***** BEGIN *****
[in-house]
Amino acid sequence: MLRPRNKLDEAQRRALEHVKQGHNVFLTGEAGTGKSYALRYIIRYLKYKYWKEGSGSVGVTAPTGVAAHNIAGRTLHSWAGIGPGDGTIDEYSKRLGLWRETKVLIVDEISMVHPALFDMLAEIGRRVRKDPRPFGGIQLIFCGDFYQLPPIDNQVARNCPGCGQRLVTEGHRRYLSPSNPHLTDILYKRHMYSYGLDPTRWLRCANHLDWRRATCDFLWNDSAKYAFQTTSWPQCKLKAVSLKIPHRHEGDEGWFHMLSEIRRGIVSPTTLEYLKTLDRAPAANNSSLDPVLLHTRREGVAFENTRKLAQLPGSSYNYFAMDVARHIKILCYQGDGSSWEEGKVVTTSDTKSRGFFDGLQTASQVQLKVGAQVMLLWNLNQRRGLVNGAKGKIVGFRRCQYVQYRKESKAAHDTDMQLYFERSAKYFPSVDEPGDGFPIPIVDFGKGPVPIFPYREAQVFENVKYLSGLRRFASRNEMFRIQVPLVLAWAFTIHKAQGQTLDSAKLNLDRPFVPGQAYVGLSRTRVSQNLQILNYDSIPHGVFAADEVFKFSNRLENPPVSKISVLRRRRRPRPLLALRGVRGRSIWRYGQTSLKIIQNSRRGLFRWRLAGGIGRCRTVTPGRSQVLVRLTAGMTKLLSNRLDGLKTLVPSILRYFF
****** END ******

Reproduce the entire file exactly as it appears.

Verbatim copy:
[in-house]
Amino acid sequence: MLRPRNKLDEAQRRALEHVKQGHNVFLTGEAGTGKSYALRYIIRYLKYKYWKEGSGSVGVTAPTGVAAHNIAGRTLHSWAGIGPGDGTIDEYSKRLGLWRETKVLIVDEISMVHPALFDMLAEIGRRVRKDPRPFGGIQLIFCGDFYQLPPIDNQVARNCPGCGQRLVTEGHRRYLSPSNPHLTDILYKRHMYSYGLDPTRWLRCANHLDWRRATCDFLWNDSAKYAFQTTSWPQCKLKAVSLKIPHRHEGDEGWFHMLSEIRRGIVSPTTLEYLKTLDRAPAANNSSLDPVLLHTRREGVAFENTRKLAQLPGSSYNYFAMDVARHIKILCYQGDGSSWEEGKVVTTSDTKSRGFFDGLQTASQVQLKVGAQVMLLWNLNQRRGLVNGAKGKIVGFRRCQYVQYRKESKAAHDTDMQLYFERSAKYFPSVDEPGDGFPIPIVDFGKGPVPIFPYREAQVFENVKYLSGLRRFASRNEMFRIQVPLVLAWAFTIHKAQGQTLDSAKLNLDRPFVPGQAYVGLSRTRVSQNLQILNYDSIPHGVFAADEVFKFSNRLENPPVSKISVLRRRRRPRPLLALRGVRGRSIWRYGQTSLKIIQNSRRGLFRWRLAGGIGRCRTVTPGRSQVLVRLTAGMTKLLSNRLDGLKTLVPSILRYFF